A monster lurks under northeastern Iowa. That monster is in the form of a giant buried basin, the result of a meteorite impact in central North America over 470 million years ago.
A recent aerial survey conducted by the state of Minnesota Geological Survey and the United States Geological Survey (USGS) confirms the existence of an impact structure long suspected near the eastern edge of the town of Decorah, Iowa. The goal of the 60 day survey was a routine look at possible mineral and water resources in the region, but the confirmation of the crater was an added plus.
“These findings highlight the range of applications that these geophysical methods can address,” Says, USGS geophysicist Paul Bedrosian. The surveys were carried out using a combination of airborne gravity gradiometry to measure relative rock density and an airborne electromagnetic system capable of measuring how rocks conduct electrical currents.
The basin has been under scrutiny for possible meteoritic origin since its initial discovery of unique rock structures in well drillings retrieved in the region by amateur geologist Jean Young about a decade ago. The impact dates from the Middle Ordovician period almost half a billion years ago, which includes an impact chain across central North America from the Ames crater in Oklahoma to the Slate Islands crater in northern Lake Superior.
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Presumably, a large L-type chondrite asteroid broke up headed at an oblique angle over the prehistoric terrain. At 5.5 kilometres in diameter, the 200 metre-sized asteroid would have hit forming the Decorah crater with a force of 1,000 megatons of TNT. For contrast, the February 15th 2013 Chelyabinsk event exploded over Russia with the force of 440 kilotons, about 0.04% of the force that created the Decorah crater. The 1908 Tunguska event and the impact that formed the famous Barringer meteor crater near Flagstaff Arizona generated 15 and 10 megaton explosions, respectively.
Like many craters on Earth, most of the surface evidence of the Decorah crater has been obliterated by erosion and deposition. Geologists further identified the existence of shocked quartz preserved beneath a deposition of shale over the circular structure of the impact. The layer of Winneshiek Shale is over 15 metres below the Upper Iowa River bottom. Shocked quartz is a classic “smoking gun” for a historic meteorite impact structure.
Of course, most ancient impact structures on Earth go unnoticed, right beneath our feet. The advent of aerial photography just before World War II led to the discovery of several new craters such as circular Clearwater Lakes in the remote reaches of Quebec. Impact craters have even been found in the Australian Outback by dedicated sleuths using Google Earth and doubtless more are waiting to be found. One only has to look at the record preserved on the battered face of the Moon to realize it’s a cosmic shooting gallery out there.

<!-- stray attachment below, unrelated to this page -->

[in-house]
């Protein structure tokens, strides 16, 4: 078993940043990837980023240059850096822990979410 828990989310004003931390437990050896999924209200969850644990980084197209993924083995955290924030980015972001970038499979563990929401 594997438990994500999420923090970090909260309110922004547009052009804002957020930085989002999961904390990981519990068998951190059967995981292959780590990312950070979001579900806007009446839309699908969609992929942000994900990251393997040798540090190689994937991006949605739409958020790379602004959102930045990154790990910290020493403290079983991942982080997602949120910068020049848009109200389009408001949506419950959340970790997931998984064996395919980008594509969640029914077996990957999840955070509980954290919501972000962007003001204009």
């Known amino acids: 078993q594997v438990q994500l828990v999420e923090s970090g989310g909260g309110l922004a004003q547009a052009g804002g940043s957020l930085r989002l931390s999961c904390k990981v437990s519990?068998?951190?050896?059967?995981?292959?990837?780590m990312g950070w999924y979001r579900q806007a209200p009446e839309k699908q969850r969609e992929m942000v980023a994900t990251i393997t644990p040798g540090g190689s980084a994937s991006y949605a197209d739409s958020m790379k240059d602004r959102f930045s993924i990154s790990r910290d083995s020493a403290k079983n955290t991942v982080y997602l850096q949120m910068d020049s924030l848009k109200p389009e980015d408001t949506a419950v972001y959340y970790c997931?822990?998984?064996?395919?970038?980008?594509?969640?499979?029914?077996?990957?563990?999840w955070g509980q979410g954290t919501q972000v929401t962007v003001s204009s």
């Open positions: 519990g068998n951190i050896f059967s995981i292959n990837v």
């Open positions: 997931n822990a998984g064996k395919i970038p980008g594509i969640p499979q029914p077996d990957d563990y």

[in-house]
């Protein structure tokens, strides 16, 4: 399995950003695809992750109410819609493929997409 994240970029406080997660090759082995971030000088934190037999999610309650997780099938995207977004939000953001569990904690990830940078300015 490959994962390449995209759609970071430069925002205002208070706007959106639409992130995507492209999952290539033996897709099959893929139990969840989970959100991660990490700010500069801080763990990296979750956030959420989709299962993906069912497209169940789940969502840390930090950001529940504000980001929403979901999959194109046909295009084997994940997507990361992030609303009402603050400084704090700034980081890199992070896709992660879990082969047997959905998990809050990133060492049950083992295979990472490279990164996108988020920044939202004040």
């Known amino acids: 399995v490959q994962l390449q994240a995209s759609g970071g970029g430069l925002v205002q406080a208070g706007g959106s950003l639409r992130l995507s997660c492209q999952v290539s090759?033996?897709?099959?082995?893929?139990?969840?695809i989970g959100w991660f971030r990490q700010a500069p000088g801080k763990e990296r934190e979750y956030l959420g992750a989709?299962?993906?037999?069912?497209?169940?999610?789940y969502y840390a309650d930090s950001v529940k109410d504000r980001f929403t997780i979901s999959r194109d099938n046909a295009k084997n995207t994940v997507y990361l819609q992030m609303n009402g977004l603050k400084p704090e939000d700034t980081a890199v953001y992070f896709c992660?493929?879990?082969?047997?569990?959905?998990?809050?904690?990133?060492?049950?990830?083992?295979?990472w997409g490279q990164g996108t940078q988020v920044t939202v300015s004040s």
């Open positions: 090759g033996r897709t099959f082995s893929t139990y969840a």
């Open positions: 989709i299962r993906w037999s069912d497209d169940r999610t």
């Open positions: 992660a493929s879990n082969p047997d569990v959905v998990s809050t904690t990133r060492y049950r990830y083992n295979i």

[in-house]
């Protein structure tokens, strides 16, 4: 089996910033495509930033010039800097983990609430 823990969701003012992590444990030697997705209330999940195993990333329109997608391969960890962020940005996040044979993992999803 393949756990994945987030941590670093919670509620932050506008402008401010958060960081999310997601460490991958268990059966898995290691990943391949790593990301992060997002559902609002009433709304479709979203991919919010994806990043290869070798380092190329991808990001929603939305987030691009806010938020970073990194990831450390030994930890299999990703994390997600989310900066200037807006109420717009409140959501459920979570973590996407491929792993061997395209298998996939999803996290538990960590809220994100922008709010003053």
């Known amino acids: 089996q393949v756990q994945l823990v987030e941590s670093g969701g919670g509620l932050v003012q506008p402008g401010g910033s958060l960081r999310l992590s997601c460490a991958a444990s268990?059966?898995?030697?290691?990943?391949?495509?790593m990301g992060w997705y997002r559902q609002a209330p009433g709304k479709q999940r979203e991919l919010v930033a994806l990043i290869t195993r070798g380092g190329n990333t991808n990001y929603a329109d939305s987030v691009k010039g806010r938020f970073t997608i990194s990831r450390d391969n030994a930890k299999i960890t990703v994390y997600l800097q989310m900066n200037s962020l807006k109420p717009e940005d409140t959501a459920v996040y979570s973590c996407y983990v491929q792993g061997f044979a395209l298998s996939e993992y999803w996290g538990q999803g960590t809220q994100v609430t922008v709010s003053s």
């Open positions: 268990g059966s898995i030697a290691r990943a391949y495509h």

Iowa also boasts another hidden impact crater, the enormous 15 kilometre in diameter Manson crater in Humboldt County. This impact occurred “only” 74 million years ago and would’ve leveled trees for a radius of 180 kilometres. A similar event resulted in the Chesapeake Bay crater 35 million years ago during the late Eocene Epoch and a massive North American impact has been debated as the cause of an extinction during the Younger Dryas 13,000 years ago.
A computer generated map of meteorite impacts worldwide also made its rounds on the internet recently. The interactive map displays a much more recent picture of every recorded impact over the last 4,300 years. While interesting to explore, the map also displays the artifacts of some statistical biases common with meteor hunting. One, the density of meteorite impacts roughly coincides with where the human population densities are highest, as that’s what we have records of. Meteorites can and do fall in the oceans or in the Arctic, there’s just not the same level of documentation of them. Two, meteorites and meteorite craters are more likely to be discovered in areas with low erosion (i.e. deserts). For example, you’ll notice high concentrations of impacts on the map in the Australian Outback, the U.S. Southwest and the Empty Quarter of Saudi Arabia, but little data on a swiftly changing (and remote) environment like the Amazon River Basin. But on the plus side, the map is a great teaching tool… and hey, who doesn’t look at it and wonder if there’s an impact crater near their home town?
Discoveries such as the Decorah Crater remind us that such cataclysmic events, while rare, do indeed happen. They also show us a fine example of surreptitious discoveries in routine science.
“These data… will form the basis for modeling efforts to constrain the impact geometry and energy of the meteorite,” Says USGS geophysicist Andy Kass.
Perhaps all is not what it appears to be, both beneath the calm cornfields of Iowa and our own cosmic neighborhood. Is there an ancient impact waiting to be uncovered in your backyard?